Make a hummingbird feeder out of things you can find in your home! A few examples are shown using various common household items. Created by April Rastaetter, RHA Educator
Level: All age
Duration: 45 minutes – 1 h our
Setting: Indoors or Backyard
- A plastic bottle (water bottle, Gatorade bottle, etc) with cap
- Tupperware with a red lid
- Granulated sugar
- Screwdriver – or any other tool to make a small hole.
- Felt to decorate
- Hot glue
Background Information: Hummingbirds are the world’s smallest bird. Due to their size and metabolism, they need to eat once every 10 – 15 minutes! By putting out a hummingbird feeder, you are helping a great pollinator. For more information about hummingbird feeders,
- Gather your supplies. Pictured here is the Gatorade bottle, lid, Tupperware, scissors, and screwdriver.
- Trace the lid of the bottle with a washable marker so that you can position it correctly on the Tupperware. We want to make sure the hole is as close to the size as the mouth of the bottle as possible, as we want it to be secure in the lid.
- (Adults) Heat up the screwdriver so that it is hot enough to push through the plastic. You’re going to want to make a hole in the lid of the bottle, and a hole where you’ve traced on the Tupperware to make it easier to cut through.
- After you cut a hole in your Tupperware, you will want to make sure that the bottle fits. This one was cut a little too small, but it worked out because it provided a tight fit once I was able to screw the Gatorade bottle into the Tupperware. You’ll want to screw the lid of the bottle on to make sure that it fits as well.
- Now that we know the lid fits, we need to punch holes for the hummingbird to feed. I secured my lid back on my Tupperware to make this easier. I went back to heating up the screwdriver so I could get some nicely shaped holes. You can do this with a hole punch as well! Just remember, the holes need to be big enough so that the hummingbirds do not get stuck, but not so large that they let all kinds of critters in.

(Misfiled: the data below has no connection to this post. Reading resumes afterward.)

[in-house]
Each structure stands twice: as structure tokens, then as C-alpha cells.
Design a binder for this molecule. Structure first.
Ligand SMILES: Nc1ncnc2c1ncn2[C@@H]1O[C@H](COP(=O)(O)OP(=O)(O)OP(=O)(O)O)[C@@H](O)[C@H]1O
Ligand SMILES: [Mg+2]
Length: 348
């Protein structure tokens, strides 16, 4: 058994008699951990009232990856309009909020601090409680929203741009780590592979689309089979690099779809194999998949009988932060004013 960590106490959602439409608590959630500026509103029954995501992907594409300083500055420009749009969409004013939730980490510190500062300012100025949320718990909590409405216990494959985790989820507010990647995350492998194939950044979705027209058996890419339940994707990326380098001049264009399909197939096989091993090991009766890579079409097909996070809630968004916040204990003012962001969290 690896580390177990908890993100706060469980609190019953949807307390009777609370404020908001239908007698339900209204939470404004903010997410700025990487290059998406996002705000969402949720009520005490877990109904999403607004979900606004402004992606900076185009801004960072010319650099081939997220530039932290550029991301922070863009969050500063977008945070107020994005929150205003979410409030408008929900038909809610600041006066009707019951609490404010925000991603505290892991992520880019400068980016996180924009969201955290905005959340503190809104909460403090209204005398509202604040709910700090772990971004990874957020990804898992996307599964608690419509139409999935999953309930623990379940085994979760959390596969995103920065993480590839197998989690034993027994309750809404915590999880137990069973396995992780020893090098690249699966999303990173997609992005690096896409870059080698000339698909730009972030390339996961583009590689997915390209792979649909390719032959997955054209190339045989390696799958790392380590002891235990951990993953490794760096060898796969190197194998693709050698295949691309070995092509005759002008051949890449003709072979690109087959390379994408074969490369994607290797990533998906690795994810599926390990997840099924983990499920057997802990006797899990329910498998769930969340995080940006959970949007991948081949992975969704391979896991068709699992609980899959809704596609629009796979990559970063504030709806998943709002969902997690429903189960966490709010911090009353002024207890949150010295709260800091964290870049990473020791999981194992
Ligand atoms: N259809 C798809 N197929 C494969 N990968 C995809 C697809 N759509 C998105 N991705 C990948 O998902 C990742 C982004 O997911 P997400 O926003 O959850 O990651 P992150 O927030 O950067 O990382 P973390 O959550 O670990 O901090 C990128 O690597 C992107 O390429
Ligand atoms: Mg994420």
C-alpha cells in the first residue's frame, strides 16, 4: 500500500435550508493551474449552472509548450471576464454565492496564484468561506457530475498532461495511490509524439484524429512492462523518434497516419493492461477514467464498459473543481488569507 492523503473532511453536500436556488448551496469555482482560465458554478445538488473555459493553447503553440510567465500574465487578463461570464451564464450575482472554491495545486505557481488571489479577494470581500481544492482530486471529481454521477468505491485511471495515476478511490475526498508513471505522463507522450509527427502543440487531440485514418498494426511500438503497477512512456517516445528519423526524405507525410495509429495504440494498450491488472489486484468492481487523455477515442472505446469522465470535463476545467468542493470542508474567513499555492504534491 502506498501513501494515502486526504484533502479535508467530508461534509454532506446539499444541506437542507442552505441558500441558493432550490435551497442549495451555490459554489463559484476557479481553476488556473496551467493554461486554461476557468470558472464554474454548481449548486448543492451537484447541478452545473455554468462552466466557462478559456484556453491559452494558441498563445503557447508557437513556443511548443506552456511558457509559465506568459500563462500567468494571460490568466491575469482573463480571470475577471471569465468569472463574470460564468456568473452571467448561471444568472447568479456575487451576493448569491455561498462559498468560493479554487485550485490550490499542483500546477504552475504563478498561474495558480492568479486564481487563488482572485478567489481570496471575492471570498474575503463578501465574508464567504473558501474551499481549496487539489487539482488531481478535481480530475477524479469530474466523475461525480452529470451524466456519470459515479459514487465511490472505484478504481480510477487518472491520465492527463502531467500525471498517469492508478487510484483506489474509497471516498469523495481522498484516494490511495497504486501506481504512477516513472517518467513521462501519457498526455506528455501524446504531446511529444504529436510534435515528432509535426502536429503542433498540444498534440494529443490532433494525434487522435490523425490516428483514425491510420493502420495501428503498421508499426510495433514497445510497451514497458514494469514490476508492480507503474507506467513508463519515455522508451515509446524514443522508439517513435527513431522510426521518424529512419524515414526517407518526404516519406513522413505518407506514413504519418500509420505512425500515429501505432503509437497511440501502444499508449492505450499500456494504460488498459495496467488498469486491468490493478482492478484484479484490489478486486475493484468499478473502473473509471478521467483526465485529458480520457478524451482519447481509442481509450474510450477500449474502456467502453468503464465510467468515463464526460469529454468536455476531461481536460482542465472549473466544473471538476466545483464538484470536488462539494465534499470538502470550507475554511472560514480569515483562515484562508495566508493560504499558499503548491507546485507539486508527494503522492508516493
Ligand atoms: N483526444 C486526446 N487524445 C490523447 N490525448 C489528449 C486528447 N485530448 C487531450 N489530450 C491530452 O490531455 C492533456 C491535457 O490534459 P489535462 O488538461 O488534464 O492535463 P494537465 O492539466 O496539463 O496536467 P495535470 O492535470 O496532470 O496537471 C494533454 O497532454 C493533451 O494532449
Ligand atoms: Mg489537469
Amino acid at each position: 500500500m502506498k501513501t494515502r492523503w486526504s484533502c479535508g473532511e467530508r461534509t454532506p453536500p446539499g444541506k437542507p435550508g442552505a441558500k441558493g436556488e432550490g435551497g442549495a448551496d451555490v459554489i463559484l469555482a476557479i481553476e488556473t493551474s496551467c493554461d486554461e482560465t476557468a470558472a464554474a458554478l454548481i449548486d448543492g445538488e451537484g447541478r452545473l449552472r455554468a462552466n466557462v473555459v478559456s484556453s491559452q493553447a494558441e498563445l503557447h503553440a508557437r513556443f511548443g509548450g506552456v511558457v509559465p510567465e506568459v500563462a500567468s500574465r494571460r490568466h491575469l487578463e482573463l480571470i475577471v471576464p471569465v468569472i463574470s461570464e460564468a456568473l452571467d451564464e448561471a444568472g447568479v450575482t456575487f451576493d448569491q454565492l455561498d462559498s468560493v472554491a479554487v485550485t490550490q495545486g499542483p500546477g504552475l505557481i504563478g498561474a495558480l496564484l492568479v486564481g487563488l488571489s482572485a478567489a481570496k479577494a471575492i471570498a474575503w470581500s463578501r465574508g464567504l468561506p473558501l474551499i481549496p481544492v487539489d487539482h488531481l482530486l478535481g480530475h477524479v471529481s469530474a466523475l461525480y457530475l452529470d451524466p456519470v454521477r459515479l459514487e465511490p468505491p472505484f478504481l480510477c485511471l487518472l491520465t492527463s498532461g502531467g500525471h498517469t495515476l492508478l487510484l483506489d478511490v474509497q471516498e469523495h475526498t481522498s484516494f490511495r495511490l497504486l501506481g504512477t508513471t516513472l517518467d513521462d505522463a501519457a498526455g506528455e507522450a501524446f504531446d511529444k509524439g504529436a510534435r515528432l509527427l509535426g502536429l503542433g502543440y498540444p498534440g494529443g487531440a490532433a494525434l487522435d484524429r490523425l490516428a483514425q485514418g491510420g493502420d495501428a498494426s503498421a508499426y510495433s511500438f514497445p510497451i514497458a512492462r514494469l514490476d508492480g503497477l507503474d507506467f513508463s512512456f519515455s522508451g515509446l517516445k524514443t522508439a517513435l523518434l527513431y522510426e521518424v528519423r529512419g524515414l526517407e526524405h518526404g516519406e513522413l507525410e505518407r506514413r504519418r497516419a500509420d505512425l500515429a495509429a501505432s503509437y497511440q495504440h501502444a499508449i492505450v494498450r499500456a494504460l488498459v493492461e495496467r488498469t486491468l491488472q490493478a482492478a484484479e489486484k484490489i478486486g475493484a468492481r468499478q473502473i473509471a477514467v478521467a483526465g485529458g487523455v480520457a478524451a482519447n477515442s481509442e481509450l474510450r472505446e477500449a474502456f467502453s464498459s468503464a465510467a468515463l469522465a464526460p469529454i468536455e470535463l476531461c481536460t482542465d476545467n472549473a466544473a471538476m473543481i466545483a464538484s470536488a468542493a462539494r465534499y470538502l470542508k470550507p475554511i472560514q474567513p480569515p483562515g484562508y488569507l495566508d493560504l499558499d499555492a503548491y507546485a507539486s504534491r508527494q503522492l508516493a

- Next, we can prep the hummingbird nectar! The ration is four parts water to one-part sugar. Please refrain from adding dyes or sweeteners. Since the Tupperware I used here is small, I went with 2 cups of water and a half cup of sugar. Bring the water to a boil, then add in the sugar and stir until it is dissolved.
- Set aside and leave it to cool.
- While the nectar is cooling, we can create the hanging mechanism for the feeder. Assemble the feeder as it would be – put the bottle through the Tupperware lid, and then put the cap on the bottle.
- If you have a hot glue gun, you can glue around the mouth of the bottle where it meets the Tupperware lid to make sure it’s sealed in there well.
- Stand it up and get your twine (or other string you have on hand) ready.
- This can be tied however you’d like! The approach I took was the following:
- Take a string and tie it loosely around the base of the bottle, enough so you can fit a finger under it. With the Gatorade bottle, I lined it up with the grooves to make it easier to place it.
- Next, take a longer piece of sting (this will be your handle / hanger) and loop one end through one side of the of the string you tied at the base, loop the other end through the opposite side.
- Tightly tie the base string so that it has the two ends of the second string secured to it. Then tie the two ends to the base string.
- Finally, take another piece of string and tie it around the end of the bottle, including the string for the hanger. This is just an extra string to secure it all in place.
- Once your nectar has fully cooled, it’s time to fill your bottle and put it all together. I stood the bottle upright with the Tupperware lid around it, and poured the liquid in. Secured it with the cap, and then snapped the Tupperware dish to the lid. I flipped it over and voila! This hummingbird feeder will allow the birds to also perch on it, giving them a moment to rest.
- If you feel as though the weight of the liquid will make the Tupperware lid and base separate, you can add an extra set of string to tie them together, or tape it up.
- You can also opt to not hang this and have it sit on your deck or patio instead.
- Be sure to change the sugar water regularly — before it gets cloudy, or about twice a week in warm weather. Clean the feeders with a solution of one-part white vinegar to four parts water about once a week.
Have you seen a hummingbird use the feeder?
What kind of colors are the birds?
Do they make any special sounds?
What other organisms may be attracted to the feeder?
How did you like this activity? Please share any questions, comments, or photos that you and your child have on the Raritan Headwaters Learning Community Facebook Page!
More Raritan Headwaters Learning Resources